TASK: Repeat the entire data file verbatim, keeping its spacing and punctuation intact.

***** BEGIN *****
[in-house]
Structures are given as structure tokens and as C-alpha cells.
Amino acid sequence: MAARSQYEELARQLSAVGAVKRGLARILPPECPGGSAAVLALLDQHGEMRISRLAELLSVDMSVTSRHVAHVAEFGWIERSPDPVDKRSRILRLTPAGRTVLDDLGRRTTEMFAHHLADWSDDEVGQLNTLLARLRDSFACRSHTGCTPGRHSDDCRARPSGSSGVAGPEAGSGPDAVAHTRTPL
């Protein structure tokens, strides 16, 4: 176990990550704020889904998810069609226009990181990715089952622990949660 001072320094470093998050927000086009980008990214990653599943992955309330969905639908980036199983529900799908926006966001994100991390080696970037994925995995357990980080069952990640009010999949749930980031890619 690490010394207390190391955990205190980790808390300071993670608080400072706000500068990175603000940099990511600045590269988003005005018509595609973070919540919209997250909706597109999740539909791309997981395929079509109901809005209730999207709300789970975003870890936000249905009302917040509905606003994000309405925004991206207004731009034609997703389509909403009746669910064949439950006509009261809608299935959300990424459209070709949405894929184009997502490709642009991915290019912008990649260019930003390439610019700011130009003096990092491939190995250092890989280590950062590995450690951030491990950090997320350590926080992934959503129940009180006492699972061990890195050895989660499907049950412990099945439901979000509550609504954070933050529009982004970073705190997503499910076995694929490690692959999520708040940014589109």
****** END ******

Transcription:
[in-house]
Structures are given as structure tokens and as C-alpha cells.
Amino acid sequence: MAARSQYEELARQLSAVGAVKRGLARILPPECPGGSAAVLALLDQHGEMRISRLAELLSVDMSVTSRHVAHVAEFGWIERSPDPVDKRSRILRLTPAGRTVLDDLGRRTTEMFAHHLADWSDDEVGQLNTLLARLRDSFACRSHTGCTPGRHSDDCRARPSGSSGVAGPEAGSGPDAVAHTRTPL
């Protein structure tokens, strides 16, 4: 176990990550704020889904998810069609226009990181990715089952622990949660 001072320094470093998050927000086009980008990214990653599943992955309330969905639908980036199983529900799908926006966001994100991390080696970037994925995995357990980080069952990640009010999949749930980031890619 690490010394207390190391955990205190980790808390300071993670608080400072706000500068990175603000940099990511600045590269988003005005018509595609973070919540919209997250909706597109999740539909791309997981395929079509109901809005209730999207709300789970975003870890936000249905009302917040509905606003994000309405925004991206207004731009034609997703389509909403009746669910064949439950006509009261809608299935959300990424459209070709949405894929184009997502490709642009991915290019912008990649260019930003390439610019700011130009003096990092491939190995250092890989280590950062590995450690951030491990950090997320350590926080992934959503129940009180006492699972061990890195050895989660499907049950412990099945439901979000509550609504954070933050529009982004970073705190997503499910076995694929490690692959999520708040940014589109």